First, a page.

When I discussed the ceremony with Patrick I discovered that once you become a warrior you never eat meat in your home or with your wife. At the ceremony, your wife gives you 4 pieces of meat for the first time since you became a warrior. And then only after this ceremony, when you are an elder, that you now have your wife cook and eat meat with her. At first I did not believe this because I have had many meals in Patrick’s home and most of the time it consisted of goat or lamb. But then thinking back I realized though nothing was ever said, Patrick never ate with us! He would go out to “do something.” So too was it to happen in the temporary village. None of the men ate in the village.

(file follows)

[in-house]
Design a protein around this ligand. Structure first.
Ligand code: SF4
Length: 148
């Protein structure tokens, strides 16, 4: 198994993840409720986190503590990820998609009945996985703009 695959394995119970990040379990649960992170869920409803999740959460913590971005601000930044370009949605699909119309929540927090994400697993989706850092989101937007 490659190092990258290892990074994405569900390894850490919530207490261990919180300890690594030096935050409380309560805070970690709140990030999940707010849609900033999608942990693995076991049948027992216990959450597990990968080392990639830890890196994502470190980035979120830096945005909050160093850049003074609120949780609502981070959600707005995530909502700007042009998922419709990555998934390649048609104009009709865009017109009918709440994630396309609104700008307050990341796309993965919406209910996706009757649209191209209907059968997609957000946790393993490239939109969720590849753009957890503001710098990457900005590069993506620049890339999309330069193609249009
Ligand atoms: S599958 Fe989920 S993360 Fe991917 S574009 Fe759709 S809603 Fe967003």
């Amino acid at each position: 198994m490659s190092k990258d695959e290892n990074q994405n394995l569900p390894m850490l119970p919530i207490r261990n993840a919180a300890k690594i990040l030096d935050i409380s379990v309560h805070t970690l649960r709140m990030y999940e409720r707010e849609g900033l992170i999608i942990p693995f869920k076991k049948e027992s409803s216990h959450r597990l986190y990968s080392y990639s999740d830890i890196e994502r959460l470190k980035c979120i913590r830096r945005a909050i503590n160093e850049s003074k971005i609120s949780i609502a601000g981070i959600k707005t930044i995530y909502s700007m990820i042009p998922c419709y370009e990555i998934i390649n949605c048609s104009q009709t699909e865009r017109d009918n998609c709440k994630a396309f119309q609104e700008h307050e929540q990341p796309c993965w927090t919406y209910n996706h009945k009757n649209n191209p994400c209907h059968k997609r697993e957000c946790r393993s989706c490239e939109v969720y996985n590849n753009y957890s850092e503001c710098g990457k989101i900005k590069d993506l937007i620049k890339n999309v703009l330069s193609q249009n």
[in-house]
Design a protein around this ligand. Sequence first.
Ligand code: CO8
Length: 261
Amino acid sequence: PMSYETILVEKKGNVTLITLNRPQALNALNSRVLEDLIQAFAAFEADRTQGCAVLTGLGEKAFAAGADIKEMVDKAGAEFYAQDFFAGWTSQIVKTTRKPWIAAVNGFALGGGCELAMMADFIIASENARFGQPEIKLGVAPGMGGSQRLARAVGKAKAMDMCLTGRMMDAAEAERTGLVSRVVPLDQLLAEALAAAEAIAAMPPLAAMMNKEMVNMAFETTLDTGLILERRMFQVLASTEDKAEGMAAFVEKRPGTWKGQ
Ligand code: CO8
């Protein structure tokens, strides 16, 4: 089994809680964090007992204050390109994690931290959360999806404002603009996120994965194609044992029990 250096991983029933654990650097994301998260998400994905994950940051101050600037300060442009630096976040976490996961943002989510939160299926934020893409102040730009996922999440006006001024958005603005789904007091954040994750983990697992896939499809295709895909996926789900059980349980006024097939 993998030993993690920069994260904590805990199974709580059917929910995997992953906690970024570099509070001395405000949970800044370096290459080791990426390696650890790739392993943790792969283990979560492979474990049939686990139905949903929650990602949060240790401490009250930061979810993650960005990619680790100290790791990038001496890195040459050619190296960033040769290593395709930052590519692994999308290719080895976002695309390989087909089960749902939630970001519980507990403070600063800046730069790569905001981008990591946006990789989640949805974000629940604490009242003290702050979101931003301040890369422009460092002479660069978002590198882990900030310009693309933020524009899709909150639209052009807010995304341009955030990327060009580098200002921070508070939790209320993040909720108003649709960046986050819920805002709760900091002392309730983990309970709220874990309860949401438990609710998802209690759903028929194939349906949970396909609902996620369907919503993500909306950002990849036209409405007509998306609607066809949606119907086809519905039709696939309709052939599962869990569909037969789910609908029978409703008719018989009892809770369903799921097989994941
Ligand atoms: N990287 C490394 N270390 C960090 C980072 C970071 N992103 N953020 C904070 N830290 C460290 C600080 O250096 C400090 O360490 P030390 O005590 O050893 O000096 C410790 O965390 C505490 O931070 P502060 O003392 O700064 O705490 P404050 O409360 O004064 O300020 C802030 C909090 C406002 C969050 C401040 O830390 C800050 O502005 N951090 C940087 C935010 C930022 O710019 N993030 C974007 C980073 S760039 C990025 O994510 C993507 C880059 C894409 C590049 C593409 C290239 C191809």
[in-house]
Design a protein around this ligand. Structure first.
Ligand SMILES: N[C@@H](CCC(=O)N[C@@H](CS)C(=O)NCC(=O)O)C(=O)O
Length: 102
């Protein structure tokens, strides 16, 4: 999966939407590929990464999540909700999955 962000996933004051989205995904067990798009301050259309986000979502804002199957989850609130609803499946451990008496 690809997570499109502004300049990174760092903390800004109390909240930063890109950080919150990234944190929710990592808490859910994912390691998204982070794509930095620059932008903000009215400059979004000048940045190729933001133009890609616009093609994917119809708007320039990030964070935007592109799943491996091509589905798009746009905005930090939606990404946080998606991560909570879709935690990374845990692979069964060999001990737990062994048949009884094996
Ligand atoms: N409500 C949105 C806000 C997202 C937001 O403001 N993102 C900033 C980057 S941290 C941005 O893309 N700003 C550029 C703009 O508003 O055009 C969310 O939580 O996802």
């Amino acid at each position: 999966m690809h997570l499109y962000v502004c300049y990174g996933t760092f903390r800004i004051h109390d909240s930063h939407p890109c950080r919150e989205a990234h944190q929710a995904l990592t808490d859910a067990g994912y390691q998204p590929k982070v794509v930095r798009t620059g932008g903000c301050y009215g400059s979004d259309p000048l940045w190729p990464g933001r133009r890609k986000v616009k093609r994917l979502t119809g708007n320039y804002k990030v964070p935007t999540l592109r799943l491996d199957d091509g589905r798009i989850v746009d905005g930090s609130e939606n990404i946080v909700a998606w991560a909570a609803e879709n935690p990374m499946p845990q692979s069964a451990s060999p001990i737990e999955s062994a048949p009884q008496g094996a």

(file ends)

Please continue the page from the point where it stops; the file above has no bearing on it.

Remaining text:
Instead we would walk outside the village to a shaded area. Stools would be brought for those of us who are respected elders. Water would be brought out to wash our hands. Then from out of the bush would come a large piece of meat that had been placed on sticks around the fire and allowed to slow cook for a long time. One of the warriors would take out his knife and slice of pieces of the meat and hand it around until it was gone. Then we would pick soft green leaves to clean the fat and juice from our hands. Later a bowl of broth would be brought. This is a “soup” made from the innards of the animal and herbs gathered in the bush. I have been presented with this broth several times over the years I have eaten with the Maasai. Each time I have respectfully declined. This time I decided why not! As the bowl was passed and I took a sip (tasted like a rich beef broth with a slight taste of blood), Joseph Sankale, again always the one for a joke, said “drink the whole thing” and laughed. I told him he should drink the whole thing and he shook his head no. We all laughed. With apologies to the Vegetarians and Vegans out there – Fresh meat from an open fire. Nothing tastes better.